Kendra Pierre-Louis is a writer, researcher, environmental strategist, and author of the 2012 book Green Washed: Why We Can’t Buy Our Way to a Green Planet. Kendra wishes more people would hop on the small house bandwagon if not for the planet, than at least to cut down on housekeeping time. She can be found online and on Twittter.
Despite my strong sustainability credentials, I sometimes feel unqualified to speak out on the evils of big houses. There is no priest nearby, so it is to you that I make this confession: although I eviscerate the big house trend in my book Green Washed I have never lived in a big house.
My current home, a studio apartment in the New York City borough of Queens spans a spacious 220 square feet, somewhere in between the Popomo and the Bodega. My childhood home – which quite comfortably housed my mother, father and older sister – clocks in at a mere 1,120 square feet. This was totally normal square footage for 1955 when the house was built (though still some 246 square feet larger than the largest of the Tumbleweed Tiny Houses, but positively Lilliputian by modern standards. In 2010 median house size spanned some 2,169 square feet (and that’s after three years of house size deflation).
A view from Kendra’s favorite small house ever – a century old, single story house in rural Vermont
Did I mention these bigger houses also house fewer people?
I confess this fact of my limited exposure to larger homes because it’s easy for us of the small house clan to rest on the intellectual superiority of our position. The science shows that smaller houses require fewer materials to build, require less energy to heat and to cool, and better coexist with the population densities that have been linked to environmentally and socially sustainable lifestyles. And though, a well-designed small house may cost more per square foot to build, they’re cheaper to build and cheaper to maintain.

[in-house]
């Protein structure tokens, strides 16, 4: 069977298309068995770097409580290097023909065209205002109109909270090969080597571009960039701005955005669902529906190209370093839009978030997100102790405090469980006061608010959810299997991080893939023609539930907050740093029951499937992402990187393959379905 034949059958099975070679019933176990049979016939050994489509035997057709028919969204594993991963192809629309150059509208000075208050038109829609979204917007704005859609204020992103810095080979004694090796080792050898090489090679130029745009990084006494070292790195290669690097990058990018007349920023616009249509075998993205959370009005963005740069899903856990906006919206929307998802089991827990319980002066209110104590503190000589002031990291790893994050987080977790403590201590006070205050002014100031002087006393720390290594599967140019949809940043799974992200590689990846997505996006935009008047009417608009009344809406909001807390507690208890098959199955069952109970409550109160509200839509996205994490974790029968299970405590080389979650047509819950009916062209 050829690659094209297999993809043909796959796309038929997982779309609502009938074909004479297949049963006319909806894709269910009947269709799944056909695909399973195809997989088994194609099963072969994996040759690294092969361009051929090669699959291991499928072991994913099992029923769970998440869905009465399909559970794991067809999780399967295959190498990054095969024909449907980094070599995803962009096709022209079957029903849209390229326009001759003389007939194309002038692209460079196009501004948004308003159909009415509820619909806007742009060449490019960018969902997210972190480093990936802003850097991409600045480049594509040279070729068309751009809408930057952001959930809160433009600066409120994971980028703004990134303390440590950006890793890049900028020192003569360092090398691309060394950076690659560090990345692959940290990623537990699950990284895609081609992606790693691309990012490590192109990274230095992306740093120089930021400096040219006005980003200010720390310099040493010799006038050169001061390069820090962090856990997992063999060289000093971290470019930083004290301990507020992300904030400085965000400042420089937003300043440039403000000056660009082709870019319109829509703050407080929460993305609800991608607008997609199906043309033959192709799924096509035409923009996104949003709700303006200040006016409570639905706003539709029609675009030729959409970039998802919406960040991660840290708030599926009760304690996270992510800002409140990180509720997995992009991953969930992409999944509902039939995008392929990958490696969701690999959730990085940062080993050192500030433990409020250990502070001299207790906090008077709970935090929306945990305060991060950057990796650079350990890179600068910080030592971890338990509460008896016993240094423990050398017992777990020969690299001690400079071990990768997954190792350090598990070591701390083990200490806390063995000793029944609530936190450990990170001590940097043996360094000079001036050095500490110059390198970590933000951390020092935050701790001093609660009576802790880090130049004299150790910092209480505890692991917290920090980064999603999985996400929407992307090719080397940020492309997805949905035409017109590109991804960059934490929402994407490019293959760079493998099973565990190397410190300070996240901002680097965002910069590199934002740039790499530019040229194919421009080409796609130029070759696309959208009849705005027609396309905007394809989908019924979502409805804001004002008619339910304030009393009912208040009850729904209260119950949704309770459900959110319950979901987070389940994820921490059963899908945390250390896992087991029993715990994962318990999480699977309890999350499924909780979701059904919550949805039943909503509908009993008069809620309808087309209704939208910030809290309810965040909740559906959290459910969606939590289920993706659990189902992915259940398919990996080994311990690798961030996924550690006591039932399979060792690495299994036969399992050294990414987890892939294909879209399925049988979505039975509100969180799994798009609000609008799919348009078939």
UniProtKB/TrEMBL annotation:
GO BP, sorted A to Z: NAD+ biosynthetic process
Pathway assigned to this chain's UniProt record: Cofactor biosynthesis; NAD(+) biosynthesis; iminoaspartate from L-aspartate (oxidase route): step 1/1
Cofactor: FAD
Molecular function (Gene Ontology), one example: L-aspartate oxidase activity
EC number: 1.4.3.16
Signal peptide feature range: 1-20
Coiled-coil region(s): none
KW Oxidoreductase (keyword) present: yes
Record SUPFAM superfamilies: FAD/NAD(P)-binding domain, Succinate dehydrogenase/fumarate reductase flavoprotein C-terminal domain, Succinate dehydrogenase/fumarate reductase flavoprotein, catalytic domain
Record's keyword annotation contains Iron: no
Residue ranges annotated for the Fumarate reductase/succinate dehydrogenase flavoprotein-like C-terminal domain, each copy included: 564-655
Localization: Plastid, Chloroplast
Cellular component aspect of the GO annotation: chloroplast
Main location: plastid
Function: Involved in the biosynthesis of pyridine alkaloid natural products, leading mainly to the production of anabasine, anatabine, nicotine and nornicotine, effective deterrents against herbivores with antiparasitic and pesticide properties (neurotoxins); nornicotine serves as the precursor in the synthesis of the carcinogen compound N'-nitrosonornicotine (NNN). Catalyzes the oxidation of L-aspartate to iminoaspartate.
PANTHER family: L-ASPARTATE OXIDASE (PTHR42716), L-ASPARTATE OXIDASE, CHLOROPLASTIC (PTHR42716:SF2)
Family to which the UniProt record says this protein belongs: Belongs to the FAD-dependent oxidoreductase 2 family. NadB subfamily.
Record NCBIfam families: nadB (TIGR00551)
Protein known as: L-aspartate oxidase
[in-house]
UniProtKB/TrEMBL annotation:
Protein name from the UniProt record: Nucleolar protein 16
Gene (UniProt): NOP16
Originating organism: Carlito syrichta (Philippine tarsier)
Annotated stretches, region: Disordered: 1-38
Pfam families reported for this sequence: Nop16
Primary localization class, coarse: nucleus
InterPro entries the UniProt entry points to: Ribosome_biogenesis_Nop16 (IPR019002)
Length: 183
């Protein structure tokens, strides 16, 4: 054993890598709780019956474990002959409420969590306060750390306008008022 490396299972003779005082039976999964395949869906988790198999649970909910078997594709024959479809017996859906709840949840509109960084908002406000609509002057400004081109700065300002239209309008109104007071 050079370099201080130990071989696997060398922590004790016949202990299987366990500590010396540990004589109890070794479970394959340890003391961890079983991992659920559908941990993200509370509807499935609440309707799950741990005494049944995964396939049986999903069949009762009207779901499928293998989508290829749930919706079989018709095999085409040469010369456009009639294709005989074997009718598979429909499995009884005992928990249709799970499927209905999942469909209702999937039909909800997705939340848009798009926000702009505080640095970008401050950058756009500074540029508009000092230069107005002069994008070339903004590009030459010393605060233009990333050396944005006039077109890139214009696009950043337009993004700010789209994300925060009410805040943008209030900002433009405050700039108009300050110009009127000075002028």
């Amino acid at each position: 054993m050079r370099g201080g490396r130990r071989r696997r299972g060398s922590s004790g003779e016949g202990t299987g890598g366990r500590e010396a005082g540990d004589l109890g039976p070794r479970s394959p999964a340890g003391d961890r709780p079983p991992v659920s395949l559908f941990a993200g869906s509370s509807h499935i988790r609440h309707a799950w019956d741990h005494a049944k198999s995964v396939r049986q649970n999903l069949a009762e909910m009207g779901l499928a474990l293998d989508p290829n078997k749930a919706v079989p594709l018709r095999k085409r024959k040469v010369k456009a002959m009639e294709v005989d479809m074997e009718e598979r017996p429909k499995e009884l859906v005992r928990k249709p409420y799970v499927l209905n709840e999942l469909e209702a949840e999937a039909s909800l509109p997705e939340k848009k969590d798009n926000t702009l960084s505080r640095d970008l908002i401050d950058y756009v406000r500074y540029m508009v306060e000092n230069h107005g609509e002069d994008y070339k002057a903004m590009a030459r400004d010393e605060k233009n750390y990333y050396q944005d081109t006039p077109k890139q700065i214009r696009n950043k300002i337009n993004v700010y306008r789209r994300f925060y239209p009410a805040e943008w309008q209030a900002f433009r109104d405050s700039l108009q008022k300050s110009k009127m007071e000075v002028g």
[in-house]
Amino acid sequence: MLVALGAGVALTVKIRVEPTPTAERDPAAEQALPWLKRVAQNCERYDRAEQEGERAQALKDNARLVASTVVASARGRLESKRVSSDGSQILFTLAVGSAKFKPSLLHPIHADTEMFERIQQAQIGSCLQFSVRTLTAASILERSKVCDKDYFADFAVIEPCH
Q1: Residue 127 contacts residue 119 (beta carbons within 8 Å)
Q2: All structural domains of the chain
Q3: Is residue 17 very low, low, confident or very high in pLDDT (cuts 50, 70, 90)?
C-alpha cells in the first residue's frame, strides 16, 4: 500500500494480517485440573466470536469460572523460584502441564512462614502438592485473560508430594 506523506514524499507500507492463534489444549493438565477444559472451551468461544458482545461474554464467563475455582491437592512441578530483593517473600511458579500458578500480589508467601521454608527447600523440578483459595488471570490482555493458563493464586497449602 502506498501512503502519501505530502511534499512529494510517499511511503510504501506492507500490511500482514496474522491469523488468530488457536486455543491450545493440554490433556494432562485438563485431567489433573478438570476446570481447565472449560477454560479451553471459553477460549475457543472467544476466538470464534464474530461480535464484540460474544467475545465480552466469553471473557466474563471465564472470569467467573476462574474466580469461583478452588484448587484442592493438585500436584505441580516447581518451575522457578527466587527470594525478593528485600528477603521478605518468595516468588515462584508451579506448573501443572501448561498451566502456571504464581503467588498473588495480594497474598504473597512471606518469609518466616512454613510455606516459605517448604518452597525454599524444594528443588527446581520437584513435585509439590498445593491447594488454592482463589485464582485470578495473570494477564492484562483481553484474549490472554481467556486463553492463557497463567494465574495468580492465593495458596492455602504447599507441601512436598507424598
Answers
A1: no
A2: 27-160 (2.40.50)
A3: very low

Check and mate, right?
And yet, lots of people love big houses. As a relatively eco-aware friend once told me, “I grew up in a 4,000 square foot home and it was gorgeous – one day I’ll have a similarly sized home.”
Why yes, we’re still talking.
Like the experience of being able to talk to our family via intercom like one acquaintance I know who was raised in a large sprawling home in suburban, New Jersey.
In contrast, when my mother wanted me for something she was more old school – she hollered; imagine how much her vocal cords could have been saved by a comprehensive intercom system necessitated by big house living?
Here’s another benefit to big houses– you can host a lot of people.
When a friend needed to host a wide number of friends and family because of a family emergency, a family friend was able to roll out the red carpet courtesy of not one, not two, but of four guest bedrooms.
You never know when you’ll have to host an entire basketball team on a moment’s notice.
Finally, let’s not forget the absolute best thing that large homes afford us: the opportunity to ignore our family members by never, ever, existing within the same space.
In grad school I lived in a ramshackle cottage with questionable heat and plenty of personality with two other roommates, and it was the first time I noticed this curious trend. Namely, the less house per occupant – uniformly inhabited by strangers who had agreed to live with each other sight unseen courtesy of my grad school’s e-mail list serve – the closer the roommates became over time, even when on the surface they shared nothing in common (i.e. bacon loving, pot smoking, alcohol drinking atheists sharing a place with extremely devout, hijab wearing Muslims). Small spaces are intimate spaces and force us to get along or go our separate ways.
I’m not saying it’s not possible to have these things in a big house.
It’s just harder.
And that, I think is the most compelling argument for tiny houses isn’t an environmental one – but a social one.